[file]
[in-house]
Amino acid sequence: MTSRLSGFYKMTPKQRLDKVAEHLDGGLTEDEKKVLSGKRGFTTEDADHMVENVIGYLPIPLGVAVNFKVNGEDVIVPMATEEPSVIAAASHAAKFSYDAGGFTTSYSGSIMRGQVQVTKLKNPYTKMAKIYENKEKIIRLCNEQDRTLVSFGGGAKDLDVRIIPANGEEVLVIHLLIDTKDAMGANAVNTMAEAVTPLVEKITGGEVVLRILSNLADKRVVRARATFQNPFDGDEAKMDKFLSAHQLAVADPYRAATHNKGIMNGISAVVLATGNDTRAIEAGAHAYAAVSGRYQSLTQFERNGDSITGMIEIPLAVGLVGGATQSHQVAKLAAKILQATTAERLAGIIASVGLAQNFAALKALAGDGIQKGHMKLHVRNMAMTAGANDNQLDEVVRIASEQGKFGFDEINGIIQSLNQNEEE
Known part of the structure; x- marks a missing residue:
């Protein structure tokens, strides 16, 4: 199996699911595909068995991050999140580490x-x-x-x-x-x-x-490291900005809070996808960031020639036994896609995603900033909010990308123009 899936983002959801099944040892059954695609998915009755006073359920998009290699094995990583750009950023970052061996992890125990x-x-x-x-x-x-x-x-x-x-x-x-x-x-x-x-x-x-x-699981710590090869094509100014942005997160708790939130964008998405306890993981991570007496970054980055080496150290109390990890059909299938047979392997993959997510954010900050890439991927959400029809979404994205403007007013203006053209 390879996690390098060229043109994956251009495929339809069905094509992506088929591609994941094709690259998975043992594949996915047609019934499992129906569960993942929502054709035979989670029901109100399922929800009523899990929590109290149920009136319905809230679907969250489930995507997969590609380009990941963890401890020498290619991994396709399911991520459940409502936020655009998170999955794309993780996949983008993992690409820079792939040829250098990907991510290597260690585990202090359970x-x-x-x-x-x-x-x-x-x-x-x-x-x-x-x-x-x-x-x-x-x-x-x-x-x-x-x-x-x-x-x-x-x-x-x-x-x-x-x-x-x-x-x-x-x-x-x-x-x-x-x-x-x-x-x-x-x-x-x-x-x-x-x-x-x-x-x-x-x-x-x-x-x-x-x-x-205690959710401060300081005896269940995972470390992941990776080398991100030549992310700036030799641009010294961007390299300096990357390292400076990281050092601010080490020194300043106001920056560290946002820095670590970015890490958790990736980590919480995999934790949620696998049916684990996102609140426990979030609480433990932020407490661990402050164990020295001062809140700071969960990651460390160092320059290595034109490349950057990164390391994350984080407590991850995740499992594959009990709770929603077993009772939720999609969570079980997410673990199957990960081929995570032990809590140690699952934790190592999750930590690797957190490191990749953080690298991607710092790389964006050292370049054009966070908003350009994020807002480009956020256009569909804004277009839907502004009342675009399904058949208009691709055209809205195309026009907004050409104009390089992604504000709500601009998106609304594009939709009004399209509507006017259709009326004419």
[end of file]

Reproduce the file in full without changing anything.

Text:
[in-house]
Amino acid sequence: MTSRLSGFYKMTPKQRLDKVAEHLDGGLTEDEKKVLSGKRGFTTEDADHMVENVIGYLPIPLGVAVNFKVNGEDVIVPMATEEPSVIAAASHAAKFSYDAGGFTTSYSGSIMRGQVQVTKLKNPYTKMAKIYENKEKIIRLCNEQDRTLVSFGGGAKDLDVRIIPANGEEVLVIHLLIDTKDAMGANAVNTMAEAVTPLVEKITGGEVVLRILSNLADKRVVRARATFQNPFDGDEAKMDKFLSAHQLAVADPYRAATHNKGIMNGISAVVLATGNDTRAIEAGAHAYAAVSGRYQSLTQFERNGDSITGMIEIPLAVGLVGGATQSHQVAKLAAKILQATTAERLAGIIASVGLAQNFAALKALAGDGIQKGHMKLHVRNMAMTAGANDNQLDEVVRIASEQGKFGFDEINGIIQSLNQNEEE
Known part of the structure; x- marks a missing residue:
């Protein structure tokens, strides 16, 4: 199996699911595909068995991050999140580490x-x-x-x-x-x-x-490291900005809070996808960031020639036994896609995603900033909010990308123009 899936983002959801099944040892059954695609998915009755006073359920998009290699094995990583750009950023970052061996992890125990x-x-x-x-x-x-x-x-x-x-x-x-x-x-x-x-x-x-x-699981710590090869094509100014942005997160708790939130964008998405306890993981991570007496970054980055080496150290109390990890059909299938047979392997993959997510954010900050890439991927959400029809979404994205403007007013203006053209 390879996690390098060229043109994956251009495929339809069905094509992506088929591609994941094709690259998975043992594949996915047609019934499992129906569960993942929502054709035979989670029901109100399922929800009523899990929590109290149920009136319905809230679907969250489930995507997969590609380009990941963890401890020498290619991994396709399911991520459940409502936020655009998170999955794309993780996949983008993992690409820079792939040829250098990907991510290597260690585990202090359970x-x-x-x-x-x-x-x-x-x-x-x-x-x-x-x-x-x-x-x-x-x-x-x-x-x-x-x-x-x-x-x-x-x-x-x-x-x-x-x-x-x-x-x-x-x-x-x-x-x-x-x-x-x-x-x-x-x-x-x-x-x-x-x-x-x-x-x-x-x-x-x-x-x-x-x-x-205690959710401060300081005896269940995972470390992941990776080398991100030549992310700036030799641009010294961007390299300096990357390292400076990281050092601010080490020194300043106001920056560290946002820095670590970015890490958790990736980590919480995999934790949620696998049916684990996102609140426990979030609480433990932020407490661990402050164990020295001062809140700071969960990651460390160092320059290595034109490349950057990164390391994350984080407590991850995740499992594959009990709770929603077993009772939720999609969570079980997410673990199957990960081929995570032990809590140690699952934790190592999750930590690797957190490191990749953080690298991607710092790389964006050292370049054009966070908003350009994020807002480009956020256009569909804004277009839907502004009342675009399904058949208009691709055209809205195309026009907004050409104009390089992604504000709500601009998106609304594009939709009004399209509507006017259709009326004419």